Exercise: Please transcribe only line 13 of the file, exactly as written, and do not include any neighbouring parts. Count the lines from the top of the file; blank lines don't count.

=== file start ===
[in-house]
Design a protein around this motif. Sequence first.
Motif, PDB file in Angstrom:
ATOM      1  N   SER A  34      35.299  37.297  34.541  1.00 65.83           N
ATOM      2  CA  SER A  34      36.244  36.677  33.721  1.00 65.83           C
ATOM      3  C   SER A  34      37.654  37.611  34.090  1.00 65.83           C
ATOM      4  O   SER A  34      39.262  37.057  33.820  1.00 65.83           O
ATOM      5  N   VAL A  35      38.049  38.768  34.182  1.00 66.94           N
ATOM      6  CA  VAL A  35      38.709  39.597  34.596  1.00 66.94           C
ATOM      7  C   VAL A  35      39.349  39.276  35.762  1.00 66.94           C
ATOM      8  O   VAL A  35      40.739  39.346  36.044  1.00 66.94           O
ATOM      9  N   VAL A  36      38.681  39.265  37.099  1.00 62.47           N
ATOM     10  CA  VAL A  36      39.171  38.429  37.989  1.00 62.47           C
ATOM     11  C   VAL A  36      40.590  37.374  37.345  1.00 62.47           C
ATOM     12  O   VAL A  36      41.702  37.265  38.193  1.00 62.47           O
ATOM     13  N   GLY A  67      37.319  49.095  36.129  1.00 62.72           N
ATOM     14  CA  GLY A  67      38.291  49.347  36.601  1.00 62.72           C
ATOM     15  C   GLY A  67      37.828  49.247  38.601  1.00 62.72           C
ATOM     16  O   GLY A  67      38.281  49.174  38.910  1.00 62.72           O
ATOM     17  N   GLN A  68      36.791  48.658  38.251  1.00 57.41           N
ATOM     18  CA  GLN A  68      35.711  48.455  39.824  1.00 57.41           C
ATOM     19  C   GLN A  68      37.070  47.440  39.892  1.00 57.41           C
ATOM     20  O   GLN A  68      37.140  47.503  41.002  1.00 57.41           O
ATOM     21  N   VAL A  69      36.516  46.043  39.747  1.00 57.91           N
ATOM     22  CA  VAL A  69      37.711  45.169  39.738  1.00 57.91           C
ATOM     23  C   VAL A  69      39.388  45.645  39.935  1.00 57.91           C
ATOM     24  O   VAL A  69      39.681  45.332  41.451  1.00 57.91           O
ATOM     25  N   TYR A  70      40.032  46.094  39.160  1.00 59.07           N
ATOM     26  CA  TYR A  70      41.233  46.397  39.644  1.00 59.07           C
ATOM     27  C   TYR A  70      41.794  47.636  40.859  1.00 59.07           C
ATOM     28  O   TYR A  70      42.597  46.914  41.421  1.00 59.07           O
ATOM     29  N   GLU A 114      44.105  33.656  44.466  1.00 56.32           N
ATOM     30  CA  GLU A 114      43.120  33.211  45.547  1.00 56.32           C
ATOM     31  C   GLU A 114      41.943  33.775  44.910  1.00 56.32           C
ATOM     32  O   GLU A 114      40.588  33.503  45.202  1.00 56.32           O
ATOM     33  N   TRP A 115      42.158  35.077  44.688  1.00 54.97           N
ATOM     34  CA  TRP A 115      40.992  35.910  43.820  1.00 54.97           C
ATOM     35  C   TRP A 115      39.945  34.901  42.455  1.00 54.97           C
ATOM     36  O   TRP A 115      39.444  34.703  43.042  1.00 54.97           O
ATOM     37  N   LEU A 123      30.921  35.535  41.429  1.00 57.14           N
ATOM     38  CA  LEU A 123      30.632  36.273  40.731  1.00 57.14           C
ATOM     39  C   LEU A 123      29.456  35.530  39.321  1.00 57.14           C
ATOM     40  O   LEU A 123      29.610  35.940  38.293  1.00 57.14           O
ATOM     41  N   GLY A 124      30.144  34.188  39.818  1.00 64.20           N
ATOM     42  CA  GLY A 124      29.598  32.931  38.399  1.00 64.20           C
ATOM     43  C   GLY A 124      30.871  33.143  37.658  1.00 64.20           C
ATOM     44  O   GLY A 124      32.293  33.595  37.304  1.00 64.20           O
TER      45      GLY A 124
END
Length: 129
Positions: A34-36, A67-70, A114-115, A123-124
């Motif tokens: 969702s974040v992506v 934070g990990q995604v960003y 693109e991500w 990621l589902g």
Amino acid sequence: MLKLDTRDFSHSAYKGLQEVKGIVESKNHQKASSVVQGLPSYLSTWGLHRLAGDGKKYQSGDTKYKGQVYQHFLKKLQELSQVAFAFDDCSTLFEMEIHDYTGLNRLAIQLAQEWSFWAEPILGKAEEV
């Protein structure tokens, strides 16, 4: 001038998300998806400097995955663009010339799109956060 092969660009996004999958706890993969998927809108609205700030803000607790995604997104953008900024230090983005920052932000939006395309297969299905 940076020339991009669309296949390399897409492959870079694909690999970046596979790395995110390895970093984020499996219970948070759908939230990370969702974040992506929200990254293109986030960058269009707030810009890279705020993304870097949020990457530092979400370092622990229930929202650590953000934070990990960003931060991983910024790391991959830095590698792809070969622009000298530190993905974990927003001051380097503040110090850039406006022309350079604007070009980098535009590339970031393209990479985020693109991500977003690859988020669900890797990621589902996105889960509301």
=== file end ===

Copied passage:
ATOM     10  CA  VAL A  36      39.171  38.429  37.989  1.00 62.47           C